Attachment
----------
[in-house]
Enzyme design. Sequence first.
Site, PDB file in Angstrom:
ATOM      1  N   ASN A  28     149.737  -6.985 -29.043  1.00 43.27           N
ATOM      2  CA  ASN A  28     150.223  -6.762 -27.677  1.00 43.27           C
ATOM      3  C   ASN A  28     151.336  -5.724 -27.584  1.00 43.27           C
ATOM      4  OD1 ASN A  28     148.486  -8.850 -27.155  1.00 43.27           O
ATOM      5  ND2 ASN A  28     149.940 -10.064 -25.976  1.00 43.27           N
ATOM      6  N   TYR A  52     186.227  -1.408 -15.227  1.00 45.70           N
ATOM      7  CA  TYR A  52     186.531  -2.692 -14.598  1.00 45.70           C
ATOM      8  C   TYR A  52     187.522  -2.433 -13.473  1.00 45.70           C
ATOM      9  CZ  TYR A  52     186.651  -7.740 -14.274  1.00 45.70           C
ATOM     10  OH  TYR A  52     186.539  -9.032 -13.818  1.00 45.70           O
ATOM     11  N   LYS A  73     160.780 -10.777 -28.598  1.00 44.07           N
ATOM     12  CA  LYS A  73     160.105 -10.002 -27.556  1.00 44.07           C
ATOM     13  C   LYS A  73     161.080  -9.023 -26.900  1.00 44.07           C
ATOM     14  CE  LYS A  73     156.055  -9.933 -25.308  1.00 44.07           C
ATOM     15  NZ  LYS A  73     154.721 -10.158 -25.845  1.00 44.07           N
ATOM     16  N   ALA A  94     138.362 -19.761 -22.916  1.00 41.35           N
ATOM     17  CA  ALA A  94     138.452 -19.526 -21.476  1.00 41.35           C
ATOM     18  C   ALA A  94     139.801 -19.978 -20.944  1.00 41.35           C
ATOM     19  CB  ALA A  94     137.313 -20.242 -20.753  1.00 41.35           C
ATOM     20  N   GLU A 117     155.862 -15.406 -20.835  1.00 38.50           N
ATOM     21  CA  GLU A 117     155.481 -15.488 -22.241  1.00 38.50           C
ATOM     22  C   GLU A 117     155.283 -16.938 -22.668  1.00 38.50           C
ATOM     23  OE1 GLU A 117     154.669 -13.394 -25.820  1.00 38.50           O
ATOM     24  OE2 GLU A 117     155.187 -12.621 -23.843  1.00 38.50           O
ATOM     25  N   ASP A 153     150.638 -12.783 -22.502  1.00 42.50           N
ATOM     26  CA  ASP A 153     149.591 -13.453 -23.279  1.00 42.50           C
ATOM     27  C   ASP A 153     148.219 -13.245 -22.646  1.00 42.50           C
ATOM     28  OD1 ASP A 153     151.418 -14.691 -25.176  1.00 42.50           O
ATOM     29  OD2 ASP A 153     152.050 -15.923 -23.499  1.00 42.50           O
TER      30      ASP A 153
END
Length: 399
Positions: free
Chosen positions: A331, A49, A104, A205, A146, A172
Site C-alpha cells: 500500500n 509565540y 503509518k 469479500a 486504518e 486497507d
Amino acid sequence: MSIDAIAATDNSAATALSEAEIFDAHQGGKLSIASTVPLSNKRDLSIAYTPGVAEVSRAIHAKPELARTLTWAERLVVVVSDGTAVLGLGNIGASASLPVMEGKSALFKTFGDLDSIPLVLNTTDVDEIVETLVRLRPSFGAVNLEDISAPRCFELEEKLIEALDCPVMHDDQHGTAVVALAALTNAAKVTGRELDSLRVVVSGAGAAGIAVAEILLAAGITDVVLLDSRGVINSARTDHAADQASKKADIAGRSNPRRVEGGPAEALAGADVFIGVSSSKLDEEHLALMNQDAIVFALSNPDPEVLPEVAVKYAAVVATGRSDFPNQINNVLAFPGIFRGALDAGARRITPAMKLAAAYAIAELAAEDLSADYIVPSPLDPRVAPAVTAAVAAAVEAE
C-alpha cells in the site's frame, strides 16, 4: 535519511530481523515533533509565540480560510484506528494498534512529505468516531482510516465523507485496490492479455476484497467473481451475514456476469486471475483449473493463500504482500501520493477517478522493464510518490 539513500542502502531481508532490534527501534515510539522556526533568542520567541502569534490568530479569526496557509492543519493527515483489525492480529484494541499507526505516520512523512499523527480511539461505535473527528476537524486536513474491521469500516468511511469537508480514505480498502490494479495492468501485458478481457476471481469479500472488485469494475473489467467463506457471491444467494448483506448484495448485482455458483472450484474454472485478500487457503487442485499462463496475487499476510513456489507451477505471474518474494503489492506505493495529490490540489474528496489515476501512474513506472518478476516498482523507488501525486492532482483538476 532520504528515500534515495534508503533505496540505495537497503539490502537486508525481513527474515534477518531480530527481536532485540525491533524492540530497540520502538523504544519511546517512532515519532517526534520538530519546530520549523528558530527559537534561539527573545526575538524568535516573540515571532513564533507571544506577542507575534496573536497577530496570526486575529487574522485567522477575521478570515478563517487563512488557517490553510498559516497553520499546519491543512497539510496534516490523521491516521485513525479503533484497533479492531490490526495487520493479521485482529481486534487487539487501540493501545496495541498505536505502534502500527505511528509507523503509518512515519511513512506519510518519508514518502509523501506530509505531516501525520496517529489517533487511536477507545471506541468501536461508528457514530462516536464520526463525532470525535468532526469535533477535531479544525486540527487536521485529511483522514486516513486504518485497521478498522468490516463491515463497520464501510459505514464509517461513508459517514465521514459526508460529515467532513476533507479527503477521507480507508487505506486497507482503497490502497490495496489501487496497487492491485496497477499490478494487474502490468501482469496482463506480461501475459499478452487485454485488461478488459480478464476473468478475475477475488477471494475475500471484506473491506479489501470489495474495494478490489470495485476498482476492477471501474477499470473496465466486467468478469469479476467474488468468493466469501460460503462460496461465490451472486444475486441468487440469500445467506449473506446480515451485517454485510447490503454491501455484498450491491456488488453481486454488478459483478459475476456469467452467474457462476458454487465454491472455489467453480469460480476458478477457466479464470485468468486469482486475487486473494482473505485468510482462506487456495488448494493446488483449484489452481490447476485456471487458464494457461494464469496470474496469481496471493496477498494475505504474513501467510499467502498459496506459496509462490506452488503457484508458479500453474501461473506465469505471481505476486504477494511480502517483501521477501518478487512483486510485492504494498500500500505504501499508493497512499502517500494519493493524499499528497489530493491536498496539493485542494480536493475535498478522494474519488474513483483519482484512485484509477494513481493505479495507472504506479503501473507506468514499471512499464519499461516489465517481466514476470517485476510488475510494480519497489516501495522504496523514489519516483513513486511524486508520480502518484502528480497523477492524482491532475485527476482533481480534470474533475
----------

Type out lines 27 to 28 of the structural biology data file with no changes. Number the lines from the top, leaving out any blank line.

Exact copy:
ATOM     24  OE2 GLU A 117     155.187 -12.621 -23.843  1.00 38.50           O
ATOM     25  N   ASP A 153     150.638 -12.783 -22.502  1.00 42.50           N